Shevonne Hunt is the host of Feed Play Love.
There are a lot of family traditions I had growing up that mean a lot to me. Australia Day, however, was never a big thing in my house. Apart from a brief fling in my 20's (which involved parties and Triple J’s Hottest 100) it hasn’t been a significant part of my adult life either.
I’ve developed a distaste for nationalism
Through high school I learnt about its role in both World Wars, and as an adult I’ve seen it rear its ugly head closer to home (the stars of the Southern Cross have lost their sparkle for me).
But now I have children of my own, it’s not something I can ignore.
The problem is the date we celebrate what it is to be Australian. It’s giving me grief when it comes to teaching my kids where they come from.
Respected social researcher Neer Korn says that while most Australians don’t associate the day with its history, and many don’t even know what it means, the day is still “filled with meaning”.
Neer says, “Australians are deeply appreciative of where they are lucky enough to live and call home. They love this place. For one thing it’s peaceful and for the most part everyone gets along. It’s a free country where most people feel they are able to express themselves in any way they desire, as long as no one else gets hurt in the process. It’s a land of opportunity where a belief that hard work sees rewards still holds strong.”
Those are all good reasons to be proud of your country. And having a strong sense of belonging is good for everyone, especially children.
But if we continue to celebrate on January 26, then the day is not just about those things. It’s celebrating the “discovery” of Australia by Captain Cook, and the colonisation that followed it. It teaches our children that life in this country started in 1788, instead of tens of thousands of years before that.
And I have a few issues with that
The first is if you take this date as a day to celebrate what it means to be Australian, you also have to accept what sits alongside it. That is, the dispossession and massacre of the people who were here before us. How do we explain to our kids that at the same time that people are waving flags and having parties, others are grieving a loss that is difficult for non-indigenous people to fathom?
Katie Beckett is a playwright, actor and Mum to Marcus. When her son asked why they don’t celebrate Australia Day, her response was honest and harsh.
“I said for us there is nothing to celebrate. Where we are there’s these massacre sites where they buried these babies up to their necks, and then they used to go around and kick their heads like footballs.”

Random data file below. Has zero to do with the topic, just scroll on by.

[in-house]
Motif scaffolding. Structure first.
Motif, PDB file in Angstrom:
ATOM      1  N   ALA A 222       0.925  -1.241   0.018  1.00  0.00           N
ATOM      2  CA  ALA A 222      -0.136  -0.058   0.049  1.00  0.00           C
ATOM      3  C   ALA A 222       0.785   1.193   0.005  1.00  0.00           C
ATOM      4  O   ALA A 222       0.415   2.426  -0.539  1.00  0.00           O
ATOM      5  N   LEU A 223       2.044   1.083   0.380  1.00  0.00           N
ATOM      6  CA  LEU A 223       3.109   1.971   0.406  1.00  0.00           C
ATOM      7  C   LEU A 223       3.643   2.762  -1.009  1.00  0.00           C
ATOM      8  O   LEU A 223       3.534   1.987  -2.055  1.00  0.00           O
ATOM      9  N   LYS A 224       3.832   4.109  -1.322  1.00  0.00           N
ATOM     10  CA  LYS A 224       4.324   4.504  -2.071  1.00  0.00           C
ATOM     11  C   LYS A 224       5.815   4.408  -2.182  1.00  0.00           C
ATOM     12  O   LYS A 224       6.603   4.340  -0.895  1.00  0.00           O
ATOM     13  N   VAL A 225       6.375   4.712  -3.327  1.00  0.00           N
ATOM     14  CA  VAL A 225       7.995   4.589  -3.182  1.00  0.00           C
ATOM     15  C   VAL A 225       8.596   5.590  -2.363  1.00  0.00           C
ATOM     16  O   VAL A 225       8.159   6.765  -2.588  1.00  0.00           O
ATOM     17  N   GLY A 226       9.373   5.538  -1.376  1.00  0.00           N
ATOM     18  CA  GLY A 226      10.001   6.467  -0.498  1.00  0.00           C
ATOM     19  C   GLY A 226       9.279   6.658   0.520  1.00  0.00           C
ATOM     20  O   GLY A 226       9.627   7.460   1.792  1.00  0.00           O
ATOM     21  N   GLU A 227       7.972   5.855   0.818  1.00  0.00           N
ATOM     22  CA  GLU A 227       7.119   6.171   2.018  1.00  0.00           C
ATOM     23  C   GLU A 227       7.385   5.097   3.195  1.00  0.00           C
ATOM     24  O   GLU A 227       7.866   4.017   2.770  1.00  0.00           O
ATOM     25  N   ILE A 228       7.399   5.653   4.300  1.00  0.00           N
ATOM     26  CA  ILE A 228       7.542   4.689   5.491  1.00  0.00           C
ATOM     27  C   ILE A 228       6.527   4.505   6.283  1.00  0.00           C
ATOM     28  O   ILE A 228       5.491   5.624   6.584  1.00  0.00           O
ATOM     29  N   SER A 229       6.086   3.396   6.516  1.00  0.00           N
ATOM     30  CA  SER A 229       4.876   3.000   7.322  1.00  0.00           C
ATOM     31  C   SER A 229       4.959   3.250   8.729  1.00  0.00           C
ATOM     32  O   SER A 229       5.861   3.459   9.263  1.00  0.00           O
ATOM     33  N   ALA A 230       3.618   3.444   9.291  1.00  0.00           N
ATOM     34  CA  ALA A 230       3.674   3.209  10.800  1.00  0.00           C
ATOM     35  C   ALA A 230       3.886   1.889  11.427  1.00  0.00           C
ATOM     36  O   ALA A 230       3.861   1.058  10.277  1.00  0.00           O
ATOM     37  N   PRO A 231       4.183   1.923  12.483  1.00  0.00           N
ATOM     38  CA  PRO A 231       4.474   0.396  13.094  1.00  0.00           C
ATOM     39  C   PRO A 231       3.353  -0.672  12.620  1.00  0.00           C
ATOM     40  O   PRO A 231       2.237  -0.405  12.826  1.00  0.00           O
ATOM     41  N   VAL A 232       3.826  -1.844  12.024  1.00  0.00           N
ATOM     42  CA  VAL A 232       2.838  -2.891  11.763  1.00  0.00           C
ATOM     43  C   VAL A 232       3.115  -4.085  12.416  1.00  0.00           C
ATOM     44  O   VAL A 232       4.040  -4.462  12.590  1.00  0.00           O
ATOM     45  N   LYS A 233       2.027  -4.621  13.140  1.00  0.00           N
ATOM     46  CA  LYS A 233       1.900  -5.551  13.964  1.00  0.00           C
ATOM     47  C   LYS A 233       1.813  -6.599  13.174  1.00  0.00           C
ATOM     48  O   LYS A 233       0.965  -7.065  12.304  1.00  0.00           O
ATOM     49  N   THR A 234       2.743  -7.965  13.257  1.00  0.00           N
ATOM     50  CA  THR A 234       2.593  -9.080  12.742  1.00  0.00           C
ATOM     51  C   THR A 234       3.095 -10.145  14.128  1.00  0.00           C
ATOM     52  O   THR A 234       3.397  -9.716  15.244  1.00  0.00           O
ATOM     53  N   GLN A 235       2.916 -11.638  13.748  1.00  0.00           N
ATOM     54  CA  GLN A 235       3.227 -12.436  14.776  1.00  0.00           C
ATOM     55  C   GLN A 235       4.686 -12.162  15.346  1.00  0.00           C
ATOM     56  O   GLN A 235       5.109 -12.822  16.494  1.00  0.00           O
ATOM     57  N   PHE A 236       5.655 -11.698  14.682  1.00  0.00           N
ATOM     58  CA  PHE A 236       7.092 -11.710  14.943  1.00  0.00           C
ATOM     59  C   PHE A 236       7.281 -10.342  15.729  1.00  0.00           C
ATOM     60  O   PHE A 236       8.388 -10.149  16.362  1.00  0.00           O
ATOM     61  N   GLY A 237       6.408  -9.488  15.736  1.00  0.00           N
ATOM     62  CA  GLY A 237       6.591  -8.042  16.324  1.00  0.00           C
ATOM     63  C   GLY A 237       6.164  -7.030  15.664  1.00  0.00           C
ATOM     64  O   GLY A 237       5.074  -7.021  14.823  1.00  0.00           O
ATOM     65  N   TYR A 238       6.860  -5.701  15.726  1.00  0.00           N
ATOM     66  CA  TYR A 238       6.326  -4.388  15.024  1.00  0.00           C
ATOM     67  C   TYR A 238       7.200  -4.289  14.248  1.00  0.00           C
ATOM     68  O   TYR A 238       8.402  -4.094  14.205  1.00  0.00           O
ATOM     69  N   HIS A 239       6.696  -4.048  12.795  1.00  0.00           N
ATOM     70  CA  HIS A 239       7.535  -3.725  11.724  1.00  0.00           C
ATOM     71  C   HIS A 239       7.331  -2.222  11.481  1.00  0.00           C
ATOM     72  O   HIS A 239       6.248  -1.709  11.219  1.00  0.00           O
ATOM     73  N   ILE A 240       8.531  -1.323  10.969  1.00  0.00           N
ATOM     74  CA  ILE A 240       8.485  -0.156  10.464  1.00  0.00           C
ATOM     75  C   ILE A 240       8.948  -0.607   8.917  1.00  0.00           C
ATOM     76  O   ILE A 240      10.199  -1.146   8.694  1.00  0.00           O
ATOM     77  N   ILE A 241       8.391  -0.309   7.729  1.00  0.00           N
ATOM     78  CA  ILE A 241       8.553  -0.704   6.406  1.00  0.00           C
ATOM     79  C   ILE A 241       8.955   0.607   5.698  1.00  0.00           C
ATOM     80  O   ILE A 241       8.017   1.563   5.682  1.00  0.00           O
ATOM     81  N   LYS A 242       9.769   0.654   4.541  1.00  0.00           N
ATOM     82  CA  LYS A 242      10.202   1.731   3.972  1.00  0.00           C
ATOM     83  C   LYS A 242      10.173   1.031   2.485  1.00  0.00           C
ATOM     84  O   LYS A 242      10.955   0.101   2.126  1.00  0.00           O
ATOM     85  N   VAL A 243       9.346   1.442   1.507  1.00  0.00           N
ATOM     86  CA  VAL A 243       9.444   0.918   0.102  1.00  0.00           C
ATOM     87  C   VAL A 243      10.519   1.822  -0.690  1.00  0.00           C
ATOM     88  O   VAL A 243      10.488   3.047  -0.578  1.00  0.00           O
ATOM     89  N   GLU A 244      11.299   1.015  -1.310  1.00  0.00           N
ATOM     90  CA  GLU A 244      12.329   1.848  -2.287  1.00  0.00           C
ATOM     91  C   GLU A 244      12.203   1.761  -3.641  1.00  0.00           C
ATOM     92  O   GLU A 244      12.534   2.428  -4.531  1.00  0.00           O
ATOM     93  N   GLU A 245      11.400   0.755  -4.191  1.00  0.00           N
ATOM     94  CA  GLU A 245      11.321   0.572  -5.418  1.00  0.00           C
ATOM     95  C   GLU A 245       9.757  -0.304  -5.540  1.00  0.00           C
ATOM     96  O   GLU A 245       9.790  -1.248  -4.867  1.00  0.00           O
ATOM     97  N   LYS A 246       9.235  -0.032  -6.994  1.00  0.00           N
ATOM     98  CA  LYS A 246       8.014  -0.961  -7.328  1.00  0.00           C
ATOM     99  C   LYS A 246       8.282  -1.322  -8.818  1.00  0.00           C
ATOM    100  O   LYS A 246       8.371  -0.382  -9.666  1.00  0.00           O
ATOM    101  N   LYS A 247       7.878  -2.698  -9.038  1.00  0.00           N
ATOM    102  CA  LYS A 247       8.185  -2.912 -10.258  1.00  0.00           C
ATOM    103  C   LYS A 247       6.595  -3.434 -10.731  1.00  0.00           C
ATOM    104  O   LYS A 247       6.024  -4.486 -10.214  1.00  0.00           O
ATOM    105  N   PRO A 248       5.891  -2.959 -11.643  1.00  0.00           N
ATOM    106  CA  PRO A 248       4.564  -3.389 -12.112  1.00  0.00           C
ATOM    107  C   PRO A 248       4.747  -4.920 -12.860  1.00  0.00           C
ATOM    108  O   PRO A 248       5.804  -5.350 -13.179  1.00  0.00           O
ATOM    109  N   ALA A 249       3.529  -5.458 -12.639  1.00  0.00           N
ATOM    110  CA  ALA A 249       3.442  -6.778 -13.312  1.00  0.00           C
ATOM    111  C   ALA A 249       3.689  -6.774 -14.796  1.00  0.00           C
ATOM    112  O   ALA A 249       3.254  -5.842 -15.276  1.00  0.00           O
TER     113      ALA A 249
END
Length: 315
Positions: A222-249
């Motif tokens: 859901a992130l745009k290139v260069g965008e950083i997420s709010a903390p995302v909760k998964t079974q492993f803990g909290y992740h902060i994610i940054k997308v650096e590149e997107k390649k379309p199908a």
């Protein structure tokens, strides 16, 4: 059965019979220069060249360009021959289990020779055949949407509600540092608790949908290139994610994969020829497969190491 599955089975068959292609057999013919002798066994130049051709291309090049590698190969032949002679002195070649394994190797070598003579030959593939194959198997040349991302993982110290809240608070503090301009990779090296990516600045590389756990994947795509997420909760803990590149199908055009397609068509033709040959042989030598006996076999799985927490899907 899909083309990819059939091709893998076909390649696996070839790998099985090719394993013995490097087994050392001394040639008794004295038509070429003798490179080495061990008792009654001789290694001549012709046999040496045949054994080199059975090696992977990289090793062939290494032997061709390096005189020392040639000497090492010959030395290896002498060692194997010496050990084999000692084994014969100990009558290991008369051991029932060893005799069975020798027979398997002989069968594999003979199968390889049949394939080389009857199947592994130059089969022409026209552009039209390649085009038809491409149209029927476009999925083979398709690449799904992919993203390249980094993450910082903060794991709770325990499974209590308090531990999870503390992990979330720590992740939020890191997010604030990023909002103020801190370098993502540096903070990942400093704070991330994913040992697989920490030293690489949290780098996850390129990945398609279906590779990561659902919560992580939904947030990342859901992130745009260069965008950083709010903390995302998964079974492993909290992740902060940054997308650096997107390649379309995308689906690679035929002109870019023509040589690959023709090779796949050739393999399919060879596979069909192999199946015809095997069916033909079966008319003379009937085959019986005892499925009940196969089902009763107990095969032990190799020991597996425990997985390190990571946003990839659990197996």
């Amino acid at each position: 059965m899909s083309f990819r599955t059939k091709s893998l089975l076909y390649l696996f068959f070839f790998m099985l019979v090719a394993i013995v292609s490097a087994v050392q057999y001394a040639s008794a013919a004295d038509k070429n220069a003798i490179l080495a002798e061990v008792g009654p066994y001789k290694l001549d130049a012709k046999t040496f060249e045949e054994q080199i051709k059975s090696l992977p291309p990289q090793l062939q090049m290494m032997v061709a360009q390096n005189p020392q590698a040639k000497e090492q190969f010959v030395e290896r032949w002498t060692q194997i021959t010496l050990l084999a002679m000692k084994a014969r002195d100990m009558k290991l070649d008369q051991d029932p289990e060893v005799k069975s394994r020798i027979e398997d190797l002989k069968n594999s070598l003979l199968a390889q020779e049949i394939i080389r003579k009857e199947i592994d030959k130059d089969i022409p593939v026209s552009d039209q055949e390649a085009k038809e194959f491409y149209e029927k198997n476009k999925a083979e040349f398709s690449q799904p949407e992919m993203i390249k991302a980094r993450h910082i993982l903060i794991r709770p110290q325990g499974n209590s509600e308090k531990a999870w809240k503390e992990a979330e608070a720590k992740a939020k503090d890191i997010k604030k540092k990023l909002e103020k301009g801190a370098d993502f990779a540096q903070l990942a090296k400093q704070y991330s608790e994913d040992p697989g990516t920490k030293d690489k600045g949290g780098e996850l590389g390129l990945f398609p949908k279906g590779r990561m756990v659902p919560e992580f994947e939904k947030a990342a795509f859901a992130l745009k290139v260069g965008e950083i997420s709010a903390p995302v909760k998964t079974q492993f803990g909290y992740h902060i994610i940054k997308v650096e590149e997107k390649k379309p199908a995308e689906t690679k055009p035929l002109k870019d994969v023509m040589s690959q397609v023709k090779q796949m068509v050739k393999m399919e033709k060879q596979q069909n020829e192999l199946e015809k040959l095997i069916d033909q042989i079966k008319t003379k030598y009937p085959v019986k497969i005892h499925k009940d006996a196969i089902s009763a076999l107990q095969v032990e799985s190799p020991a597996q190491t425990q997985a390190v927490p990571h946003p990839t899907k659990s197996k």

Like I said, difficult to fathom isn’t it?
On a more positive note, we are missing a huge opportunity to celebrate the ancient, rich and endlessly interesting history of the Indigenous people of Australia. Tourists come from around the world to marvel at rock paintings, to hear stories and to learn about cultures we have right here on our doorstep.
When I was growing up, Australia Day was always about celebrating the first settlers. I feel like I missed out on so much knowledge and understanding by not learning about Indigenous culture.
Today we have the opportunity to do things differently
At my son’s childcare centre, Gumnut Gardens, they celebrate the endurance of Indigenous culture in the lead up to Australia Day through “Survival Week”.
Educators Charlynn Lim and Liesel Murphy say, “We have devoted our entire week’s program to learning about Survival Week through books, film clips, cooking, discussions and experiences, led by our Indigenous Cultural Educator, Aunty Marion from Wiradjuri country. We have delved into topics such as why we say our Acknowledgement to Country.”
And how does this work out? Four-year-old Tilda says that Welcome to Country is important because “we have to say thank you because the Aboriginal people were here before us and they share their land”.
I’m not saying that we need to forget about the good things that Australia has achieved since 1788. I’m from convict stock, and I often feel my family must have some strong genes to have lasted through to the 21st century.
Celebrating both of these histories as part of what it means to be Australian might help our children build a strong bridge to reconciliation that we have so far failed to do. It might help to raise our children to be adults who can really do something about entrenched Indigenous disadvantage. Hell, they might even be able to close the gap.
We can be proud of our freedoms, our generosity and our general attitude to life. But it’s such a glaring contradiction to do this on a day that causes such pain to the First Nations of this country.
If, as Neer Korn suggests, the history of the day has little meaning to most Australians, why stick to the date?
Changing the date would not only remove the glaring contradiction of celebrating Australia Day on January 26, it could potentially move us forward to a brighter future.
And where’s the harm in that?
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